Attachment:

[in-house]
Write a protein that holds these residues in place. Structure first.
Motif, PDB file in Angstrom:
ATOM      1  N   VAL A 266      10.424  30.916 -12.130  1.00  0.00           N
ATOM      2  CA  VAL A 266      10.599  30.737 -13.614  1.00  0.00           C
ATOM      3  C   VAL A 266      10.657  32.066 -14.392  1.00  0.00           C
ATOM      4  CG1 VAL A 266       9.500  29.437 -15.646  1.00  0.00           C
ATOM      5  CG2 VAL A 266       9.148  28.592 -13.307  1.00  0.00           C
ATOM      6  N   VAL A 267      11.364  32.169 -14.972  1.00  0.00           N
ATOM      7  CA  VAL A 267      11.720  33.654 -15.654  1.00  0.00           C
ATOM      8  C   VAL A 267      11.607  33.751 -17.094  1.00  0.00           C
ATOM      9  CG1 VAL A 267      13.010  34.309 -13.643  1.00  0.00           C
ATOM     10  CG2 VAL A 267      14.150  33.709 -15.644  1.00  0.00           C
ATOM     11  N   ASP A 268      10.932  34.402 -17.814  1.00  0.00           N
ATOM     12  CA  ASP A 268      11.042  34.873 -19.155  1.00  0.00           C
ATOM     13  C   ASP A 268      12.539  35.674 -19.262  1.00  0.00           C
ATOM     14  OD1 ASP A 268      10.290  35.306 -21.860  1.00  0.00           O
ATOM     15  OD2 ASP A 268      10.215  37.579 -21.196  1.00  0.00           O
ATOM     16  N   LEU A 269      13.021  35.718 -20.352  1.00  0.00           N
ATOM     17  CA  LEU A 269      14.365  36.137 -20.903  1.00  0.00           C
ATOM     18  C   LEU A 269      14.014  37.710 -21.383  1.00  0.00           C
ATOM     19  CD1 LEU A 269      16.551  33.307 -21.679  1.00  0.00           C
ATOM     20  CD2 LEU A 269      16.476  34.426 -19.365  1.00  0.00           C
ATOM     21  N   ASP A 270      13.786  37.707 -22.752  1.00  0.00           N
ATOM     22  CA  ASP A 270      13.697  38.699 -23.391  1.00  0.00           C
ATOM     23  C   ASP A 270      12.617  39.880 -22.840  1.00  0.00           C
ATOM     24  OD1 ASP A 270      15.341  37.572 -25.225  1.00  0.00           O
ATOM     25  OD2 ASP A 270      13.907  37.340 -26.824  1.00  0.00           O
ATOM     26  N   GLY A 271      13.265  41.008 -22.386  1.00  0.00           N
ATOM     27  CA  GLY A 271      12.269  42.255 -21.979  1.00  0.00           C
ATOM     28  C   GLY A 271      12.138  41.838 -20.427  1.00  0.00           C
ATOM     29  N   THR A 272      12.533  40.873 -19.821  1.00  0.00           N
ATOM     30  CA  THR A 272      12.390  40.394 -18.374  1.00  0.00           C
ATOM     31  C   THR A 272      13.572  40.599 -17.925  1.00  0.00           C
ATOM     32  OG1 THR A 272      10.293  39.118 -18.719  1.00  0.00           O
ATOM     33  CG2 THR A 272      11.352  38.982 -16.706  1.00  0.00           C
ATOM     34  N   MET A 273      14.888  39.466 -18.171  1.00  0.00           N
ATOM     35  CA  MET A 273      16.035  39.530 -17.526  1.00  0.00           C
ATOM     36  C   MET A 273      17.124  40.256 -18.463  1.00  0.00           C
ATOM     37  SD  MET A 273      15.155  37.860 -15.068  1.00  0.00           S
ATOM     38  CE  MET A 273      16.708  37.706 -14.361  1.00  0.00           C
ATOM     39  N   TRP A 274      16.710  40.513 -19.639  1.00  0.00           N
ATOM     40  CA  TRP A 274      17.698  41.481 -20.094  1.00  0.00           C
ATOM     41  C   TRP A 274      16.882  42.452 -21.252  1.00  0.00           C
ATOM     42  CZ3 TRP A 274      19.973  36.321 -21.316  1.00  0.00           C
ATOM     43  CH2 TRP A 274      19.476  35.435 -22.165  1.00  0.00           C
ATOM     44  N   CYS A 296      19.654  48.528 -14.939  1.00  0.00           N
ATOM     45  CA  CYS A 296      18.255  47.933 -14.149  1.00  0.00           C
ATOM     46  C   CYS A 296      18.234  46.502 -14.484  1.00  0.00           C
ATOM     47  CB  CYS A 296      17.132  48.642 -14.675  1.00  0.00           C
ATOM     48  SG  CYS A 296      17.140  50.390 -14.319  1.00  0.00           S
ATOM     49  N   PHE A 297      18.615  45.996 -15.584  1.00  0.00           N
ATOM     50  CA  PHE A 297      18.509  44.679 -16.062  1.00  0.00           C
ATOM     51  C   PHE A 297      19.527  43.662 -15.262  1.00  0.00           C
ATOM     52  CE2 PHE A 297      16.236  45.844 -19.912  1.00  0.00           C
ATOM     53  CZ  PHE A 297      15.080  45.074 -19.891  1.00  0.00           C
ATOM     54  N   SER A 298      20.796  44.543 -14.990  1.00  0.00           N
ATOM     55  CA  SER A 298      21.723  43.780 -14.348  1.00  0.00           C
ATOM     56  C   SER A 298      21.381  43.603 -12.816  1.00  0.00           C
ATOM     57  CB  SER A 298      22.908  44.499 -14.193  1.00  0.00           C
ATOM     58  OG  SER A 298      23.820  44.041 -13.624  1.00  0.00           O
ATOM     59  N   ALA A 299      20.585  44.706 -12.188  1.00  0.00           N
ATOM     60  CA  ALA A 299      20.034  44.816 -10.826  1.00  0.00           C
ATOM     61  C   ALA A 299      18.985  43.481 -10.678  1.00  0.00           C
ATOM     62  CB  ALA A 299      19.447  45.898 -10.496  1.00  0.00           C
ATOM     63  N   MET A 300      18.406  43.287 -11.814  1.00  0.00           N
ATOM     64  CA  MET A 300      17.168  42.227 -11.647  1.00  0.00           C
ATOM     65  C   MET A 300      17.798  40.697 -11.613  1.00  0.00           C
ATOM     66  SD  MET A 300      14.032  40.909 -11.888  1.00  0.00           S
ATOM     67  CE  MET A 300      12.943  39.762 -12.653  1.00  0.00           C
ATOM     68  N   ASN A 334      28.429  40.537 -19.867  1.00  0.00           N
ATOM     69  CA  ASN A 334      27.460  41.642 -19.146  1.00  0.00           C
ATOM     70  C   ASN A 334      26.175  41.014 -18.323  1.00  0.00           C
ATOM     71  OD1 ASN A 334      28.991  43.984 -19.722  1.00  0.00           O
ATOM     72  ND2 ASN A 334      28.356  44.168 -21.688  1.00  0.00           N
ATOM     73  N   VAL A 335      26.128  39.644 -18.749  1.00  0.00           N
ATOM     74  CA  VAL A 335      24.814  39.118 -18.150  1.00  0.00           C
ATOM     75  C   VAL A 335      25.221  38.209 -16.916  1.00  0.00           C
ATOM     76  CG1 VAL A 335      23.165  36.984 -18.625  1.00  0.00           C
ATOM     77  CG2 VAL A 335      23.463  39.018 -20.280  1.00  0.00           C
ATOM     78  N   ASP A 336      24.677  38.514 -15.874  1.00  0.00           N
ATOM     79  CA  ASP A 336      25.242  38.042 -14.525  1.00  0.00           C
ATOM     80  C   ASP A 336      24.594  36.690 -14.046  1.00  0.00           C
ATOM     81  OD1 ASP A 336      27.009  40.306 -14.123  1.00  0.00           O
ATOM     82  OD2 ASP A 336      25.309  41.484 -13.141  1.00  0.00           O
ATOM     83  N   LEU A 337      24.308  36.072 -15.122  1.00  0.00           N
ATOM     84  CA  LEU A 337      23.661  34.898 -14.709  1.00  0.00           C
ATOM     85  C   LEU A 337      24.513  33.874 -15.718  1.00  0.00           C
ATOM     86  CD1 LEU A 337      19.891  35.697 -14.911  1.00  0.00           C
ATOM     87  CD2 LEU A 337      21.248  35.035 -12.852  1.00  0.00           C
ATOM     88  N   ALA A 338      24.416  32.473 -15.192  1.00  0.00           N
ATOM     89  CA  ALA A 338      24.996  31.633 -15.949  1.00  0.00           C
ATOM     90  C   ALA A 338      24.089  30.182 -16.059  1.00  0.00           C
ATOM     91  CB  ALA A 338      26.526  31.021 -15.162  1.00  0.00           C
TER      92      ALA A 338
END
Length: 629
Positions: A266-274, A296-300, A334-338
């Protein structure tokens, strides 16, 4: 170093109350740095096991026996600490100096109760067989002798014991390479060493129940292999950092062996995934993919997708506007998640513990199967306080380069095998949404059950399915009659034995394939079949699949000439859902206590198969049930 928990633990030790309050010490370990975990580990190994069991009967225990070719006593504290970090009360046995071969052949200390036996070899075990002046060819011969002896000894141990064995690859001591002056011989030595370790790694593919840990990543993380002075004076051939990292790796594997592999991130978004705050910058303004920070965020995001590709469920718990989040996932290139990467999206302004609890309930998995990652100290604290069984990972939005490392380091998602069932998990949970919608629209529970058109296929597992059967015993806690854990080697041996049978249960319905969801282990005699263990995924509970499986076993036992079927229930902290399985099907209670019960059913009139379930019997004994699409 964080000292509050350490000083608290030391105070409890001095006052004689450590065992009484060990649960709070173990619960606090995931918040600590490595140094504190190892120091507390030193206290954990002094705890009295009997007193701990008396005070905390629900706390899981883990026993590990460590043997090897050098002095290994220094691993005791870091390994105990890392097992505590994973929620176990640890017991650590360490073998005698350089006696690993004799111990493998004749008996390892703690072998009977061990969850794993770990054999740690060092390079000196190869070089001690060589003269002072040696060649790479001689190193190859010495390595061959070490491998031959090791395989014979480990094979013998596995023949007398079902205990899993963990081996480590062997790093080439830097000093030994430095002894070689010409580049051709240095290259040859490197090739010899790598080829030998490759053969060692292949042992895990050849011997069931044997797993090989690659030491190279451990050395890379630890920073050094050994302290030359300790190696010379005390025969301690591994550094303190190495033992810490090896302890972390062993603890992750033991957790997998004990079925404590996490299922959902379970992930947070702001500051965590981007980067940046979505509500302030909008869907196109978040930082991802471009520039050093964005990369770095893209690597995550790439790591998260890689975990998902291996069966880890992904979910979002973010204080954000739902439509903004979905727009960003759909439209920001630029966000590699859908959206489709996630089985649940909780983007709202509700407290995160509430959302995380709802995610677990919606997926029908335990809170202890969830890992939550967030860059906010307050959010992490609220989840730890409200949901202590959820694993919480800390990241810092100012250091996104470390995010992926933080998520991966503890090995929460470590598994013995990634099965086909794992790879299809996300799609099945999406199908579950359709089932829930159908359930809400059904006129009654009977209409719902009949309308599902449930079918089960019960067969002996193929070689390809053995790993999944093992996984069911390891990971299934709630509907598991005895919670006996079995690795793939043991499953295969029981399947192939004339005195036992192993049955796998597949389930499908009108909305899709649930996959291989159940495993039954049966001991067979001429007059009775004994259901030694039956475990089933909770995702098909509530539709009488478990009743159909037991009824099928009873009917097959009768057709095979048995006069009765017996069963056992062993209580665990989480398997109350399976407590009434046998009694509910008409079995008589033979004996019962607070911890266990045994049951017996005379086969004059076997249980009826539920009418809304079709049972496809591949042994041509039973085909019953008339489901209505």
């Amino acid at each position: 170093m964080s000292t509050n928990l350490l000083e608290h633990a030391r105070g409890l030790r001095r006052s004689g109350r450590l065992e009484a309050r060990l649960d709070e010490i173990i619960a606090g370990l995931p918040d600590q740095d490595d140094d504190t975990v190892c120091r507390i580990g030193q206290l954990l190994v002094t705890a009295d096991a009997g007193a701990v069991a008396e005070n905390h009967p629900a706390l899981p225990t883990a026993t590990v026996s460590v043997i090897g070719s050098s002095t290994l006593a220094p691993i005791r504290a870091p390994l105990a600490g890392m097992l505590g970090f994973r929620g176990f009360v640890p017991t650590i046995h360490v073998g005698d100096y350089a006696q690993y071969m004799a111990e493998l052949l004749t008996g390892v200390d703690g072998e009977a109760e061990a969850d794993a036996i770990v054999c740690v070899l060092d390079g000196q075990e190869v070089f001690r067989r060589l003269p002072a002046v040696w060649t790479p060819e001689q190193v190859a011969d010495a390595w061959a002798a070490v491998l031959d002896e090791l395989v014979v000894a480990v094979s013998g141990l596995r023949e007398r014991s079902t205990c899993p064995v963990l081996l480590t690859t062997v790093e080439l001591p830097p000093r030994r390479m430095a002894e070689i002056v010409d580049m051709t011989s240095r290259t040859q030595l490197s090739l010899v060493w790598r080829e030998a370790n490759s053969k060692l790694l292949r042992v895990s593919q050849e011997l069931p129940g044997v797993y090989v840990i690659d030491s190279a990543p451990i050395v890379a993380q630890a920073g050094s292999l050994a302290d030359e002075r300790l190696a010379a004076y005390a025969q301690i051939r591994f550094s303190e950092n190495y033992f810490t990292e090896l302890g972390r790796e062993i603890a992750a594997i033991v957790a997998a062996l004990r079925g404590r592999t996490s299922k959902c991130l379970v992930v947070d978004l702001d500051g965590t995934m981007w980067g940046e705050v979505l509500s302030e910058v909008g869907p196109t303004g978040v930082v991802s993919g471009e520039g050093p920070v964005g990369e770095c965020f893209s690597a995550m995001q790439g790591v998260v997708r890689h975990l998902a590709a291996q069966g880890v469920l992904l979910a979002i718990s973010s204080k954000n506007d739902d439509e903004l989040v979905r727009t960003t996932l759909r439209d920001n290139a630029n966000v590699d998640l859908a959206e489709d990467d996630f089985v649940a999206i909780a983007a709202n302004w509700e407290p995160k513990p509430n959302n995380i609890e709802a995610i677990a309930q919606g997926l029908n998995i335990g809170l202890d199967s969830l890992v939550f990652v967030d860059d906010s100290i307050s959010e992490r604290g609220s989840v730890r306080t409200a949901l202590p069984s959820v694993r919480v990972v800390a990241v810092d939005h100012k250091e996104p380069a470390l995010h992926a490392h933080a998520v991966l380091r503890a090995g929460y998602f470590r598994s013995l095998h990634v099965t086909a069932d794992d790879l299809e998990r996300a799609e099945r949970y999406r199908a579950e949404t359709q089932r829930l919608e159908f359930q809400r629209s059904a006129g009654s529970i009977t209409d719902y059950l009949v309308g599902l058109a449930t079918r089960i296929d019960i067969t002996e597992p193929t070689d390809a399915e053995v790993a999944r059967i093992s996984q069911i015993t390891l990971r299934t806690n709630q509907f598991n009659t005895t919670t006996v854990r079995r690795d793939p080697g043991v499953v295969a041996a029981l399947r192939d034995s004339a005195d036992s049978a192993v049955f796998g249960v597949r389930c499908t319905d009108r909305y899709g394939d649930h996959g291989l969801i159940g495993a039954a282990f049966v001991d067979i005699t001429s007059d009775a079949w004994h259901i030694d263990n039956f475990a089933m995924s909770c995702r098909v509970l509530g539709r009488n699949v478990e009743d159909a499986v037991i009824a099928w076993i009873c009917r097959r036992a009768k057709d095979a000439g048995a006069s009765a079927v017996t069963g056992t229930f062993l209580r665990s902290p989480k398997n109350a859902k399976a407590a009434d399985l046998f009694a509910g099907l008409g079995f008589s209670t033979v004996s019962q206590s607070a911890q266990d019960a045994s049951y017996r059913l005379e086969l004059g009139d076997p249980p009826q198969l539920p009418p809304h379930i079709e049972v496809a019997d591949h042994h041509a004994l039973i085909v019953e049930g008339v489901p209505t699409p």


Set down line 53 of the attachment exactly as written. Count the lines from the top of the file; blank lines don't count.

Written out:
ATOM     50  CA  PHE A 297      18.509  44.679 -16.062  1.00  0.00           C